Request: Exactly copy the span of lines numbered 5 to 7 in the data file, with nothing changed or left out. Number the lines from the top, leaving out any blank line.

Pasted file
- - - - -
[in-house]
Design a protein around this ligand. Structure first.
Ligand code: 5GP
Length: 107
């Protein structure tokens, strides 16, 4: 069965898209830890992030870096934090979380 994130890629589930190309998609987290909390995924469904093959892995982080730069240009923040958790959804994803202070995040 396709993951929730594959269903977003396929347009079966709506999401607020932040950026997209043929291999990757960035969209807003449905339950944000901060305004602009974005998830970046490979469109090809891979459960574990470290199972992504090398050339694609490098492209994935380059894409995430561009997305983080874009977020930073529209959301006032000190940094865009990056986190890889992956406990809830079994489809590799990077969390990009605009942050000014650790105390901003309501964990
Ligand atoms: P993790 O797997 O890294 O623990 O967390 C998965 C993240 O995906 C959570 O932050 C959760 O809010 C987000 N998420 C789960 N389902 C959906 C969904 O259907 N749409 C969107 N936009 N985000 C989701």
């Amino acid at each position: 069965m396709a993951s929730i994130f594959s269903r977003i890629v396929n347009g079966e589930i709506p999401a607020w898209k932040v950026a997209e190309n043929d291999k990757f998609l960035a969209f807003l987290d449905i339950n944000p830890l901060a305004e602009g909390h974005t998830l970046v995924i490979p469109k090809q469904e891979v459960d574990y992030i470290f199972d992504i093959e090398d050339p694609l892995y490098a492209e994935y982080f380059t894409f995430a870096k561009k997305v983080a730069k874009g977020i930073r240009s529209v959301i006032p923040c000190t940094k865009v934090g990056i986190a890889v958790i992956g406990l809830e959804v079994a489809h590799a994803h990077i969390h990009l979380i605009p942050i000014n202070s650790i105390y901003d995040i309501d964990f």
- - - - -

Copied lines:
């Protein structure tokens, strides 16, 4: 069965898209830890992030870096934090979380 994130890629589930190309998609987290909390995924469904093959892995982080730069240009923040958790959804994803202070995040 396709993951929730594959269903977003396929347009079966709506999401607020932040950026997209043929291999990757960035969209807003449905339950944000901060305004602009974005998830970046490979469109090809891979459960574990470290199972992504090398050339694609490098492209994935380059894409995430561009997305983080874009977020930073529209959301006032000190940094865009990056986190890889992956406990809830079994489809590799990077969390990009605009942050000014650790105390901003309501964990
Ligand atoms: P993790 O797997 O890294 O623990 O967390 C998965 C993240 O995906 C959570 O932050 C959760 O809010 C987000 N998420 C789960 N389902 C959906 C969904 O259907 N749409 C969107 N936009 N985000 C989701």
């Amino acid at each position: 069965m396709a993951s929730i994130f594959s269903r977003i890629v396929n347009g079966e589930i709506p999401a607020w898209k932040v950026a997209e190309n043929d291999k990757f998609l960035a969209f807003l987290d449905i339950n944000p830890l901060a305004e602009g909390h974005t998830l970046v995924i490979p469109k090809q469904e891979v459960d574990y992030i470290f199972d992504i093959e090398d050339p694609l892995y490098a492209e994935y982080f380059t894409f995430a870096k561009k997305v983080a730069k874009g977020i930073r240009s529209v959301i006032p923040c000190t940094k865009v934090g990056i986190a890889v958790i992956g406990l809830e959804v079994a489809h590799a994803h990077i969390h990009l979380i605009p942050i000014n202070s650790i105390y901003d995040i309501d964990f």